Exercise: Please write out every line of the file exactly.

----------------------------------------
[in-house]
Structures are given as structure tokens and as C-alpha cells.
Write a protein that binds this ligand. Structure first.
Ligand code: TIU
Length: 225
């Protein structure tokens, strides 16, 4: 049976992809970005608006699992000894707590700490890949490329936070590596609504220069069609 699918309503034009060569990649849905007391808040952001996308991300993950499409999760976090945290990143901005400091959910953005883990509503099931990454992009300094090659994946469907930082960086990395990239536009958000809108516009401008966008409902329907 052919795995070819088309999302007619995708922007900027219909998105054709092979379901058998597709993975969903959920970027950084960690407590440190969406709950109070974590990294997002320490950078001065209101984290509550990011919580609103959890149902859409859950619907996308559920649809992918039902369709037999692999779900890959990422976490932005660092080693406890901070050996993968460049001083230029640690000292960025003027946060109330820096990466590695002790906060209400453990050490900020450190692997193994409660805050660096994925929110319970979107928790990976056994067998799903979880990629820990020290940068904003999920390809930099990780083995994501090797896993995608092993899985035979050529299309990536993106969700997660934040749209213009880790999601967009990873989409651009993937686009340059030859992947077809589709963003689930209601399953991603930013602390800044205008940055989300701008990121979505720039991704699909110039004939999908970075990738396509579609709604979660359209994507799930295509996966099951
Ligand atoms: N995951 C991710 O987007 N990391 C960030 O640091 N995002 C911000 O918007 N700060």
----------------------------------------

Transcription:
[in-house]
Structures are given as structure tokens and as C-alpha cells.
Write a protein that binds this ligand. Structure first.
Ligand code: TIU
Length: 225
């Protein structure tokens, strides 16, 4: 049976992809970005608006699992000894707590700490890949490329936070590596609504220069069609 699918309503034009060569990649849905007391808040952001996308991300993950499409999760976090945290990143901005400091959910953005883990509503099931990454992009300094090659994946469907930082960086990395990239536009958000809108516009401008966008409902329907 052919795995070819088309999302007619995708922007900027219909998105054709092979379901058998597709993975969903959920970027950084960690407590440190969406709950109070974590990294997002320490950078001065209101984290509550990011919580609103959890149902859409859950619907996308559920649809992918039902369709037999692999779900890959990422976490932005660092080693406890901070050996993968460049001083230029640690000292960025003027946060109330820096990466590695002790906060209400453990050490900020450190692997193994409660805050660096994925929110319970979107928790990976056994067998799903979880990629820990020290940068904003999920390809930099990780083995994501090797896993995608092993899985035979050529299309990536993106969700997660934040749209213009880790999601967009990873989409651009993937686009340059030859992947077809589709963003689930209601399953991603930013602390800044205008940055989300701008990121979505720039991704699909110039004939999908970075990738396509579609709604979660359209994507799930295509996966099951
Ligand atoms: N995951 C991710 O987007 N990391 C960030 O640091 N995002 C911000 O918007 N700060």